The proverbial wisdom has it that fish always rots from the head down. The process is inexorable—and nobody has figured out how to reverse it. Barbara Kellerman’s Leadership from Bad to Worse: What Happens When Bad Festers (Oxford University Press, February) warns that bad leadership tends, in political and business organizations alike, to devolve “from bad to worse” in a “steady, as opposed to hasty” process—but is no less insidious for that.
“[O]nce bad burrows in, it digs in … deeper and then deeper” unless slowed or halted by some outside force. Bad leaders attract bad followers, introducing new dangers. The decay proceeds through phases, “each more ominous and ultimately dangerous than the one preceding.” Recognizing the stages of development identified by the author may make it possible “to slow or, preferably, to stop" this progression.
Renovating U.S. political institutions is the course Maxwell L. Stearns suggests in Parliamentary America: The Least Radical Means of Radically Repairing Our Broken Democracy (Johns Hopkins University Press, March). Three structural changes would bring about a “robust multiparty democracy,” Stearns suggests: “expanding the House of Representatives, having House party coalitions choose the president, and letting the House end a failing presidency based on [a vote of] no confidence.” These changes would be introduced through Constitutional amendments. Given the long odds against dismantling even the profoundly antidemocratic Electoral College, the author’s proposals, however nonradical, nonetheless seem faintly utopian.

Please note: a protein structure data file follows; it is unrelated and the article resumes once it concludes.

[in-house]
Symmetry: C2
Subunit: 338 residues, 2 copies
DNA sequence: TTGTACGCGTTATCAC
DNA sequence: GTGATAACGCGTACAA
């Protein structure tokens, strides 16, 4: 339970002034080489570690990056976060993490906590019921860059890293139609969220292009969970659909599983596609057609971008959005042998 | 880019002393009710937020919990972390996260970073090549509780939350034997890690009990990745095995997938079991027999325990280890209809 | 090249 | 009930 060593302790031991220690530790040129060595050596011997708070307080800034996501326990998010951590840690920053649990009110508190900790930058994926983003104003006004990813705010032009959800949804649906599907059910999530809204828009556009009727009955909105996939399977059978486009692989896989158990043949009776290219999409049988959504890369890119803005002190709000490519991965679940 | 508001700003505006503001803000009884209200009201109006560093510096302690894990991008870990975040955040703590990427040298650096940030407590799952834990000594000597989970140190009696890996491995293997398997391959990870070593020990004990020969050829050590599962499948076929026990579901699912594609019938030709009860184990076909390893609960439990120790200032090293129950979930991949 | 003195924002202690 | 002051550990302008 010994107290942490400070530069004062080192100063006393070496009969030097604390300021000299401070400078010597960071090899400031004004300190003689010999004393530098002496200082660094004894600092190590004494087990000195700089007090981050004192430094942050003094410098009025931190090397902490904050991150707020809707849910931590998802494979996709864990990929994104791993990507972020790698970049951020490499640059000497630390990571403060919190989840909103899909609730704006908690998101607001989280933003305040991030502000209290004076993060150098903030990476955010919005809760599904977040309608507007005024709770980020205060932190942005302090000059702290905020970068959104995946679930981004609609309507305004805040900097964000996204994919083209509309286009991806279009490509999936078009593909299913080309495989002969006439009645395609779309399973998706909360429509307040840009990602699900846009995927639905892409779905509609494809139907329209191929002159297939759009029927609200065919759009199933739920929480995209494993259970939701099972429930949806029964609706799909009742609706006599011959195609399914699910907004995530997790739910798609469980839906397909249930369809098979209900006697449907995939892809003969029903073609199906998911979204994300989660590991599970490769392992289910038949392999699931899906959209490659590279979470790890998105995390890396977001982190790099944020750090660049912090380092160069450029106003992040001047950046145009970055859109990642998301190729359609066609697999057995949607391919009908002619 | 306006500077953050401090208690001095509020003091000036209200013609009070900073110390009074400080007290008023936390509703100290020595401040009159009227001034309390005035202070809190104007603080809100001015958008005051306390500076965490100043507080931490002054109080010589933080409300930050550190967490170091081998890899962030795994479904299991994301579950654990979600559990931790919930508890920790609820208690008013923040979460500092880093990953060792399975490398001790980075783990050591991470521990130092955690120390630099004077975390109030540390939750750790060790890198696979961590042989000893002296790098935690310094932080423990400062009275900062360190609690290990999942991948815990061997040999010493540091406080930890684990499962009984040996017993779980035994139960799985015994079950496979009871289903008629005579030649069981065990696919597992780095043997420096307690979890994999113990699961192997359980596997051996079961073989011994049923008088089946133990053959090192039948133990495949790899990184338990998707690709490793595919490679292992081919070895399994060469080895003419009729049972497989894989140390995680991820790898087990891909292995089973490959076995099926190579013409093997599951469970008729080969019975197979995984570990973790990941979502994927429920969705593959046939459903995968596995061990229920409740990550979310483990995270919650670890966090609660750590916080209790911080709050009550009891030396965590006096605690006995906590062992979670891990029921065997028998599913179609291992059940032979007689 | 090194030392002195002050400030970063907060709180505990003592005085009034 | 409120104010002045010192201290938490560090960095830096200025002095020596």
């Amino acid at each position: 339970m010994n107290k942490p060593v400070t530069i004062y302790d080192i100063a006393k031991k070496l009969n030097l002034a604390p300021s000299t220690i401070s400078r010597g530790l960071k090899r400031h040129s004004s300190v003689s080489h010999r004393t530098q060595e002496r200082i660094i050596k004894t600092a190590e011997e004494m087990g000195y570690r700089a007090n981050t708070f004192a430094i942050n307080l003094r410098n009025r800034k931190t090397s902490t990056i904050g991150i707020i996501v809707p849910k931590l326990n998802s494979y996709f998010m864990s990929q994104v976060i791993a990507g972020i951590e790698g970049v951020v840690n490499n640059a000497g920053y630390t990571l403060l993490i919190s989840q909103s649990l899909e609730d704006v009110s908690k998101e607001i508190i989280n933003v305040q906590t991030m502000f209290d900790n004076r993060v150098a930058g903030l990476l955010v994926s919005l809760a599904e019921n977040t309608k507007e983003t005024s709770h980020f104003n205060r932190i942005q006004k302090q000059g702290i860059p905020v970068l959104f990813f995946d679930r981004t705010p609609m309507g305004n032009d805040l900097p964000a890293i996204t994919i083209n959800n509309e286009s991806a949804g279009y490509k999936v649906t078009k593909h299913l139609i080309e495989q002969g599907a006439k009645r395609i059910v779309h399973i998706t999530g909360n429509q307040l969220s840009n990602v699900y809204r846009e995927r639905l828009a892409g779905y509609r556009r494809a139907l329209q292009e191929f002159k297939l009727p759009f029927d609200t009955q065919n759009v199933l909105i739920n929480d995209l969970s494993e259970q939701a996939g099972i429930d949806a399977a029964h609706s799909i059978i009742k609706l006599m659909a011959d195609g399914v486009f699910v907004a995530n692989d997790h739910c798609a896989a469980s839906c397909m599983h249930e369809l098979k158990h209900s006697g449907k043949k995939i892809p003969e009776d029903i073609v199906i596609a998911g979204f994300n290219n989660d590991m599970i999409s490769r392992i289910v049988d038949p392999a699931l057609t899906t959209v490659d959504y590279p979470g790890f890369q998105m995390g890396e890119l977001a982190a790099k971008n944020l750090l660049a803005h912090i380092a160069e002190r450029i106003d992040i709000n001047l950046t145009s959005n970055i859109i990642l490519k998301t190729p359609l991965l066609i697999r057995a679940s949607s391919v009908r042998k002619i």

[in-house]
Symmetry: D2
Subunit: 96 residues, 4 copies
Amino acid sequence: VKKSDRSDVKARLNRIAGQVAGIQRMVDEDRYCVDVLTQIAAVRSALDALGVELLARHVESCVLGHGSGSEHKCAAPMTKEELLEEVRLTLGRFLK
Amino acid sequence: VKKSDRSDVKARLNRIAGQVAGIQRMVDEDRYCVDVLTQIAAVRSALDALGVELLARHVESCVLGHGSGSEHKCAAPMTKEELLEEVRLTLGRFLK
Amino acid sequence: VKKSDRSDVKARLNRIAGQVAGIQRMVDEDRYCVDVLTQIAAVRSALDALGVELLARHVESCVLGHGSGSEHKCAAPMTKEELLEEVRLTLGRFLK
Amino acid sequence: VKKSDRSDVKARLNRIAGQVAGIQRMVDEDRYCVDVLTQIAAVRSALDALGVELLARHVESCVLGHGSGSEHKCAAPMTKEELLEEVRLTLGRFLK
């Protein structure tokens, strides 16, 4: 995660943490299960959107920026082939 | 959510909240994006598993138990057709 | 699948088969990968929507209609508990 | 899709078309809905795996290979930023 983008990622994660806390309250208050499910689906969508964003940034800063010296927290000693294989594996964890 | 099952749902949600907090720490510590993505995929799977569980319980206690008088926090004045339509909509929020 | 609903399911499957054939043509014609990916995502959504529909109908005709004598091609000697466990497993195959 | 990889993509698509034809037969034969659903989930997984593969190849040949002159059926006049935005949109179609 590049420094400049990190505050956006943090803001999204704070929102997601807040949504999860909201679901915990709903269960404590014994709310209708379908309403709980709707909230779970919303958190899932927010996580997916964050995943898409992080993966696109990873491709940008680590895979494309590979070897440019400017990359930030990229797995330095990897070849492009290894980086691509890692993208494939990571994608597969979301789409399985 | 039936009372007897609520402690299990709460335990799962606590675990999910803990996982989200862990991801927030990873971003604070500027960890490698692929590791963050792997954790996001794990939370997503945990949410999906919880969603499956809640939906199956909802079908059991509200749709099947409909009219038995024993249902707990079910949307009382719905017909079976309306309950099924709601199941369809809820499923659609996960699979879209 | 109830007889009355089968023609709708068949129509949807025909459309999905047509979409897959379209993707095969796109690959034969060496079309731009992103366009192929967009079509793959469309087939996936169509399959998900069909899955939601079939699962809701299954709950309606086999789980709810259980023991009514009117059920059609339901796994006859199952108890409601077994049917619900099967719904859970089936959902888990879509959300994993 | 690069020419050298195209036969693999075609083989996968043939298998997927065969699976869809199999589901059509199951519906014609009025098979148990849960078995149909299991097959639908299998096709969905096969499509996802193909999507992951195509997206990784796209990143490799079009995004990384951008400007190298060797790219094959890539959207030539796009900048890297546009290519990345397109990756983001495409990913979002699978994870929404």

The definition of politics as “show business for ugly people” has been attributed to any number of individuals. I would like to nominate Aristotle: as an author on both subjects, he would have been well-placed to make the observation.